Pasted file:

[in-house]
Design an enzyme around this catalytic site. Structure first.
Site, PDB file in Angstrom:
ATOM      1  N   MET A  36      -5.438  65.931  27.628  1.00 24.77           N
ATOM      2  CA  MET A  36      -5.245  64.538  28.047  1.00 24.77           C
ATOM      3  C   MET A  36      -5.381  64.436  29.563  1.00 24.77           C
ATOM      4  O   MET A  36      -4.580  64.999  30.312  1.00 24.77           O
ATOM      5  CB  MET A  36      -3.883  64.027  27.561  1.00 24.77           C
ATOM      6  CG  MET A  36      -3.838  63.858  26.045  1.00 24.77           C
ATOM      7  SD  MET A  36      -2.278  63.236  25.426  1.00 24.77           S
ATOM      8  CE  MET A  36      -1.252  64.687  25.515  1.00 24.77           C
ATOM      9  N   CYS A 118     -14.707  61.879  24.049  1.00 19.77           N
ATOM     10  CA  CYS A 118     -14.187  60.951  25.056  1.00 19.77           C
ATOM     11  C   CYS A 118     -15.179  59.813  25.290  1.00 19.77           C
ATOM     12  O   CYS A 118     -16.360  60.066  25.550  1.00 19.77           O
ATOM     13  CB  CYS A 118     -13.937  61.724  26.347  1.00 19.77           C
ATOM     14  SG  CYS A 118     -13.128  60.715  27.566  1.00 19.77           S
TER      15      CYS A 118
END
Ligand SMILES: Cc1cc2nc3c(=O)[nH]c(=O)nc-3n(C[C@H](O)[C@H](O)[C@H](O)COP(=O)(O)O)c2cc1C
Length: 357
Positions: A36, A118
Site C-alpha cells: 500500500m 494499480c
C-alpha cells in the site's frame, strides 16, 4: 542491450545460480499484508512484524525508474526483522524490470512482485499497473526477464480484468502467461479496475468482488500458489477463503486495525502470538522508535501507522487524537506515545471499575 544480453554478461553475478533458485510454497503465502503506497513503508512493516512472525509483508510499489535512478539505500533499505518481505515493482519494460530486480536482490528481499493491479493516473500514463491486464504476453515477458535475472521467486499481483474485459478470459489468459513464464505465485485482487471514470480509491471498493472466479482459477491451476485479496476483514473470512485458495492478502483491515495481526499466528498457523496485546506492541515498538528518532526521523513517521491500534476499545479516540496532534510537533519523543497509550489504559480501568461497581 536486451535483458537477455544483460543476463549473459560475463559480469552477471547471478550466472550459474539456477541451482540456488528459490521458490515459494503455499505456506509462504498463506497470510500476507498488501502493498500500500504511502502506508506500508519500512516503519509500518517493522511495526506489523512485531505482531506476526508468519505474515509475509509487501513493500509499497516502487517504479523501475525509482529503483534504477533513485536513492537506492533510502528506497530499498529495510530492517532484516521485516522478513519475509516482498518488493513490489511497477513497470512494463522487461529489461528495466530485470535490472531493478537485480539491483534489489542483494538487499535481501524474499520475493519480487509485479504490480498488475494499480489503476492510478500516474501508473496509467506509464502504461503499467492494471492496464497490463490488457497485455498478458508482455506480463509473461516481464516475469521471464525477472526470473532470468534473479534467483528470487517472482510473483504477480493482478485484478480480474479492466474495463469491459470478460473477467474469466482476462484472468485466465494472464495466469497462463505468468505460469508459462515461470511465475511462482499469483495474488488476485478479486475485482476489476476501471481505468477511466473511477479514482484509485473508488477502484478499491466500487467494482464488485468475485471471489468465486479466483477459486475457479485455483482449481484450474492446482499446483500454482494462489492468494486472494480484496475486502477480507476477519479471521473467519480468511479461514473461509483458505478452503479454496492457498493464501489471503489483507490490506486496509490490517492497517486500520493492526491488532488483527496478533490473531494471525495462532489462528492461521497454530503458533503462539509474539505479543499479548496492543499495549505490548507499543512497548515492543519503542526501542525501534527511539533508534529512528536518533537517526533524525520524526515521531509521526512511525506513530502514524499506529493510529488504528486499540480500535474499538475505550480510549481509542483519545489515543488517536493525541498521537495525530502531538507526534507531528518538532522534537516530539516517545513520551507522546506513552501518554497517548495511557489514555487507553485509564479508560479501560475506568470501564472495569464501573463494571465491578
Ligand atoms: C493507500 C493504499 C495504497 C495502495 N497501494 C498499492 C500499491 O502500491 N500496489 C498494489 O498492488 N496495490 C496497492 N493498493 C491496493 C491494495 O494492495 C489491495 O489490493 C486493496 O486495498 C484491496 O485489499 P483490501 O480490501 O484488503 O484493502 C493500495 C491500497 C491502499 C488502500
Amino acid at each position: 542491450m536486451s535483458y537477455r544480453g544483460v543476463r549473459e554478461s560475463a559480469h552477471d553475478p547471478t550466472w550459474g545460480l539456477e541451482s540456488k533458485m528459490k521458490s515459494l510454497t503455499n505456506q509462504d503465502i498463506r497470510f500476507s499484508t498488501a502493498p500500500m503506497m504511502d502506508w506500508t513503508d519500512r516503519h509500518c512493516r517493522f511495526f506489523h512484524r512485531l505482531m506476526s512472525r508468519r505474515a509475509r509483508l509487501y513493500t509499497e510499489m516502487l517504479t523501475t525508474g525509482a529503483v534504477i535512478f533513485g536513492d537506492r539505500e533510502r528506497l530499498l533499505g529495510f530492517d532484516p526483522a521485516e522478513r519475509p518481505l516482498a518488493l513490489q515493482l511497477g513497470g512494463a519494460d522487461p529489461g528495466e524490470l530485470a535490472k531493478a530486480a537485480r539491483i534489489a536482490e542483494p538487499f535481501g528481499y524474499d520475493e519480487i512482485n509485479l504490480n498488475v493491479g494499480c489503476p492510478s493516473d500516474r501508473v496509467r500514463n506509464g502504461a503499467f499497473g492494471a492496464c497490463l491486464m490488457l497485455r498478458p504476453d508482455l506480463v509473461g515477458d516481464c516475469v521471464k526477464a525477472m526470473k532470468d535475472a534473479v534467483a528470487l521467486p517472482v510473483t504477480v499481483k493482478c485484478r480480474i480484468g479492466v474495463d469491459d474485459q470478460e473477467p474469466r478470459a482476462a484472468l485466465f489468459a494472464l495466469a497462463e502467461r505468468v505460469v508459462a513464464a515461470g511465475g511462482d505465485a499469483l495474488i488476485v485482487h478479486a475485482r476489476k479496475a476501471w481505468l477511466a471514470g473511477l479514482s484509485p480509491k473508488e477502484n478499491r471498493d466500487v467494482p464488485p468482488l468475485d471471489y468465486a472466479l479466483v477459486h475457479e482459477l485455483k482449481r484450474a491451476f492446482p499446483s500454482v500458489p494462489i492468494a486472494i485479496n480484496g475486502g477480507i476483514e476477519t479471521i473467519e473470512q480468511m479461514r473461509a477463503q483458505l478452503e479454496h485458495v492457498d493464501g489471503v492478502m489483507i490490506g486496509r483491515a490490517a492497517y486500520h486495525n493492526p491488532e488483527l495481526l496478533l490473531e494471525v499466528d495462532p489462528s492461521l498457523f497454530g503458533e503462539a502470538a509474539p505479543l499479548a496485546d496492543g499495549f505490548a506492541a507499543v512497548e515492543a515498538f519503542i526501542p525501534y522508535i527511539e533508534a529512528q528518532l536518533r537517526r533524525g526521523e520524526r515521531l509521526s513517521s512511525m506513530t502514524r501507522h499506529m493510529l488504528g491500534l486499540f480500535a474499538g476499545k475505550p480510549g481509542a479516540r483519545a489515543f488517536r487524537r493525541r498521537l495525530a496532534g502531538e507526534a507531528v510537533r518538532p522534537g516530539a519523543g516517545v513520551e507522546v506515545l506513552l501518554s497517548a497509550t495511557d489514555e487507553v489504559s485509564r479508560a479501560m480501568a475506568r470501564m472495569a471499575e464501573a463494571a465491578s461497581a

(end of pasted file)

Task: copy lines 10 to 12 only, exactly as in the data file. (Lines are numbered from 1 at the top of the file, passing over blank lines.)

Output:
ATOM      7  SD  MET A  36      -2.278  63.236  25.426  1.00 24.77           S
ATOM      8  CE  MET A  36      -1.252  64.687  25.515  1.00 24.77           C
ATOM      9  N   CYS A 118     -14.707  61.879  24.049  1.00 19.77           N